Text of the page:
1. Macleaya cordata (Willdenow) R. Brown in D. Denham and H. Clapperton, Narr. Travels Africa. app. 218. 1826.
Bocconia cordata Willdenow, Sp. Pl. 2(2): 841. 1799
Plants to 25 dm. Stems simple or branching distally. Leaves 10-30 cm long and wide; petiole 2-15(-20) cm; blade broadly ovate-cordate, 7-9-lobed; margins irregularly and coarsely toothed; abaxial surface usually whitish and densely short-pubescent, adaxial glabrous. Inflorescences to 30 cm or more. Flowers: pedicels 4-10 mm; sepals white to cream colored, spatulate, 5-10 mm; style to ca. 1 mm. Capsules oblanceoloid, strongly compressed, 15-20 mm, glabrous. Seeds dark brown, reticulate. 2 n = 20.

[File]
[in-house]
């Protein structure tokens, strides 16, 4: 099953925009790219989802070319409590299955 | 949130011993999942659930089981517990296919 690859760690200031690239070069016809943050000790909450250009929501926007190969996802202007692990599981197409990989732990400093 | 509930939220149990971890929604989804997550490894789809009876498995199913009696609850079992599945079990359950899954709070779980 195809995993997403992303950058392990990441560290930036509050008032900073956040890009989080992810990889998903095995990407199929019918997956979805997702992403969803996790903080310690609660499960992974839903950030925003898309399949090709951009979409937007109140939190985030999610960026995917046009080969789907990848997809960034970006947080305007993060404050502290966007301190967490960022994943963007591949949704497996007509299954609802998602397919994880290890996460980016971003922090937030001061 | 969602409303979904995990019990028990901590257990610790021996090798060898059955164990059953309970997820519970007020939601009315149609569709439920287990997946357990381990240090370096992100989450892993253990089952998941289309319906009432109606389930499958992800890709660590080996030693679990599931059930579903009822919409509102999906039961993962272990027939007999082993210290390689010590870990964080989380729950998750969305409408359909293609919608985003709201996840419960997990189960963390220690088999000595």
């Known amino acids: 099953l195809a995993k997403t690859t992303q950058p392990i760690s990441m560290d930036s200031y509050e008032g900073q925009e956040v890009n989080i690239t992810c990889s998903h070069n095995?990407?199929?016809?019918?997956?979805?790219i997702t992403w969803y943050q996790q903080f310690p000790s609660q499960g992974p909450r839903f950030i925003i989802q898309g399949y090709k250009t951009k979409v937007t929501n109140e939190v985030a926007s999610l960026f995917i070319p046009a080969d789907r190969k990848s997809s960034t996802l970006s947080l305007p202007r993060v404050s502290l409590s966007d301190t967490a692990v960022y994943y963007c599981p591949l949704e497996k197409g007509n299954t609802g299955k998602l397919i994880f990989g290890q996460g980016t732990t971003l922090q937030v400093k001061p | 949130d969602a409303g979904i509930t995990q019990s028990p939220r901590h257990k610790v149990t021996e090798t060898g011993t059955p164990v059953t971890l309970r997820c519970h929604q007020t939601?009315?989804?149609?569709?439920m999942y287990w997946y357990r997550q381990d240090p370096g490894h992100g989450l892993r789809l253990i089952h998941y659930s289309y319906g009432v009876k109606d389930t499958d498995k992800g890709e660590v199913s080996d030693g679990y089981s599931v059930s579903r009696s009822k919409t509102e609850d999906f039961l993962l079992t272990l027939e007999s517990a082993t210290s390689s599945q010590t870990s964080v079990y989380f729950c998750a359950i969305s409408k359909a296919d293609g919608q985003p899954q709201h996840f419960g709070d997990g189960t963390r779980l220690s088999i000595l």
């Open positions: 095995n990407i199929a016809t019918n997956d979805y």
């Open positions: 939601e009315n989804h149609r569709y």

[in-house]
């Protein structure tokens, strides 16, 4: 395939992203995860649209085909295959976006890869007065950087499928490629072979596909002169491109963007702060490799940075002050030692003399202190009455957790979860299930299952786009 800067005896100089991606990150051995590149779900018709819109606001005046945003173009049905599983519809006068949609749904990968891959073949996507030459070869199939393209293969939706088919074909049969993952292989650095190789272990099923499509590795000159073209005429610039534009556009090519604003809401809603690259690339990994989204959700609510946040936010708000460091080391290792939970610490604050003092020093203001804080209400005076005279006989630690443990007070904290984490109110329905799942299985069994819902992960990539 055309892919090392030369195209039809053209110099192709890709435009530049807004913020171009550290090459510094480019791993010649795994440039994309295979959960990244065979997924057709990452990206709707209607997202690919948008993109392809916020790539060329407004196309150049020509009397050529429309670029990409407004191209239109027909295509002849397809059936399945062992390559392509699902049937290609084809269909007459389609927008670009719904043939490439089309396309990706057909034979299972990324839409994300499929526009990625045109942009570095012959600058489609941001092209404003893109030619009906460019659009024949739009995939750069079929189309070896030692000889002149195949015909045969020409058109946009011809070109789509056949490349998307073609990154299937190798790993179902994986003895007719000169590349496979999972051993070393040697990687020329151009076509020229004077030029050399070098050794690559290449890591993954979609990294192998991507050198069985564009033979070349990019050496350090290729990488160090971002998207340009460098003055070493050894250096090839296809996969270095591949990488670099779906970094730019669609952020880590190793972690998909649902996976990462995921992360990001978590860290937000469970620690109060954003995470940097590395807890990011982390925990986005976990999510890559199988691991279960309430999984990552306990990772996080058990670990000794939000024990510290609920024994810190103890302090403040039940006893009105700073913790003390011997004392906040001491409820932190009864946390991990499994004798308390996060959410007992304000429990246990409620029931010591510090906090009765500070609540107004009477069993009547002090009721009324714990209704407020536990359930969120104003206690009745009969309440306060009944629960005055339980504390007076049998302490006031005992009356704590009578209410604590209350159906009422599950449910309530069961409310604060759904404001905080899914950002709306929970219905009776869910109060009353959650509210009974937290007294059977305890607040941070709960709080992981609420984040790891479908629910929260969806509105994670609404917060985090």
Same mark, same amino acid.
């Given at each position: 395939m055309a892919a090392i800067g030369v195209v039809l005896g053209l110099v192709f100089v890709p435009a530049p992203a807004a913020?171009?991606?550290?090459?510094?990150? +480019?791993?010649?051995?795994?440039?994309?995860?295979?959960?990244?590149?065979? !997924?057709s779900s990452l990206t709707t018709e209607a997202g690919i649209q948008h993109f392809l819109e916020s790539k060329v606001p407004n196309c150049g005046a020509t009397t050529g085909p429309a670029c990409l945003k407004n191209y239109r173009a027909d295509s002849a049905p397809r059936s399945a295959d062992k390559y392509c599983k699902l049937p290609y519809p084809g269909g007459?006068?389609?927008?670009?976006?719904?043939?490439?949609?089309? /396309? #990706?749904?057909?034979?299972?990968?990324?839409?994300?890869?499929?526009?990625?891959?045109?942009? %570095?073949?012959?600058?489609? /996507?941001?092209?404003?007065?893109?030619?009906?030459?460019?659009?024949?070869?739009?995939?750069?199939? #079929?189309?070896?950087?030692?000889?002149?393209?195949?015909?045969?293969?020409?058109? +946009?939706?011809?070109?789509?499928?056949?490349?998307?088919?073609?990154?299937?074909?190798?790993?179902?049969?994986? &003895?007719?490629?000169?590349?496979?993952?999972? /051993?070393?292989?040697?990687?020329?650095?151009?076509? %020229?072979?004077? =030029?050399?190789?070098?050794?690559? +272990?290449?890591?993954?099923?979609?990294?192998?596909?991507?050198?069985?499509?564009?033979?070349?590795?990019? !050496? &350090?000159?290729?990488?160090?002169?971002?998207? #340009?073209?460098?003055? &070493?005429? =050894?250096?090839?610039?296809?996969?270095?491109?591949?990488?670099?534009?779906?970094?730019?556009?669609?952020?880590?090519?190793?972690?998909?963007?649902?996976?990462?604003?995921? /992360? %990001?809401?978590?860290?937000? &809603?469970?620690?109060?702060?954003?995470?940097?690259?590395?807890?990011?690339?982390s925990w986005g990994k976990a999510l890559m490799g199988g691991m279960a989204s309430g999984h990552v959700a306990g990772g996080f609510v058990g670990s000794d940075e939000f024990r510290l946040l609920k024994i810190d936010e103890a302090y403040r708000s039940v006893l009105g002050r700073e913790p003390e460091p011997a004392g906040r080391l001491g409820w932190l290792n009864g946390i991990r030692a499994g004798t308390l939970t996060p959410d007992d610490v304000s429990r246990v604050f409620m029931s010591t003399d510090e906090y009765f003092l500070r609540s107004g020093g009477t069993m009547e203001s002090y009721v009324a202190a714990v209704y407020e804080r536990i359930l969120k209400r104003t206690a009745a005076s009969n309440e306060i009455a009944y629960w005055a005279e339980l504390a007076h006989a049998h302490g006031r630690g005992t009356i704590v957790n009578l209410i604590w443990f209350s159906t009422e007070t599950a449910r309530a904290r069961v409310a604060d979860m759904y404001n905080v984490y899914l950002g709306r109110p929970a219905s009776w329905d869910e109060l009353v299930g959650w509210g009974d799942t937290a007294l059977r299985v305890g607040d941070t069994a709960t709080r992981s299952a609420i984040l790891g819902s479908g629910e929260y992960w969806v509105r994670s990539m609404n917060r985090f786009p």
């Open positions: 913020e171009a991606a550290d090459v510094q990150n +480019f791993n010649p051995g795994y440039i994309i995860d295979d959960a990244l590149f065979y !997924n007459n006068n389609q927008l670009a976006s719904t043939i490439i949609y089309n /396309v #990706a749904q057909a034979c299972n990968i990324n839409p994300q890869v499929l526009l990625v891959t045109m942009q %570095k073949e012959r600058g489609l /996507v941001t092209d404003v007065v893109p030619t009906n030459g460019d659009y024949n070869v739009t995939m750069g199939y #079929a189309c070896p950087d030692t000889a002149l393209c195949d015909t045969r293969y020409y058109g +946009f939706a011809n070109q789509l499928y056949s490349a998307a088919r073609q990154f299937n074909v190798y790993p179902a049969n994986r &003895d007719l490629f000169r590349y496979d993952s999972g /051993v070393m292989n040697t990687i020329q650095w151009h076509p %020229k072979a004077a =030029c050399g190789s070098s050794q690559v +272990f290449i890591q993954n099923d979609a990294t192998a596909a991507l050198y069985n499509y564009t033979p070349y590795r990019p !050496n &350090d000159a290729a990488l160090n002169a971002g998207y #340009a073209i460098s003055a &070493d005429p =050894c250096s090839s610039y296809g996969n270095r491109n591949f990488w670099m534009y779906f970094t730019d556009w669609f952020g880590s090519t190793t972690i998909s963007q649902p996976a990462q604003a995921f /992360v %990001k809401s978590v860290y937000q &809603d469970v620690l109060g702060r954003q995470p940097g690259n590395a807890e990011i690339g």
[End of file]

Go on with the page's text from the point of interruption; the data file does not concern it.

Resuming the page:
Flowering summer. Deciduous woods, thickets, old fields, ditches, roadsides, pond margins, and along watercourses; 0-800 m; introduced; Ont., Que.; Ala., Conn., Ill., Ind., Maine, Mass., Mich., N.J., N.Y., N.C., Ohio, Pa., Va., W.Va.; e Asia.
A garden perennial esteemed for its vegetative features and large, plumelike inflorescence, Macleaya cordata occasionally escapes from cultivation, persisting and reproducing fairly successfully. It might be found almost anywhere in temperate North America east of the Mississippi River at elevations below 1000 m.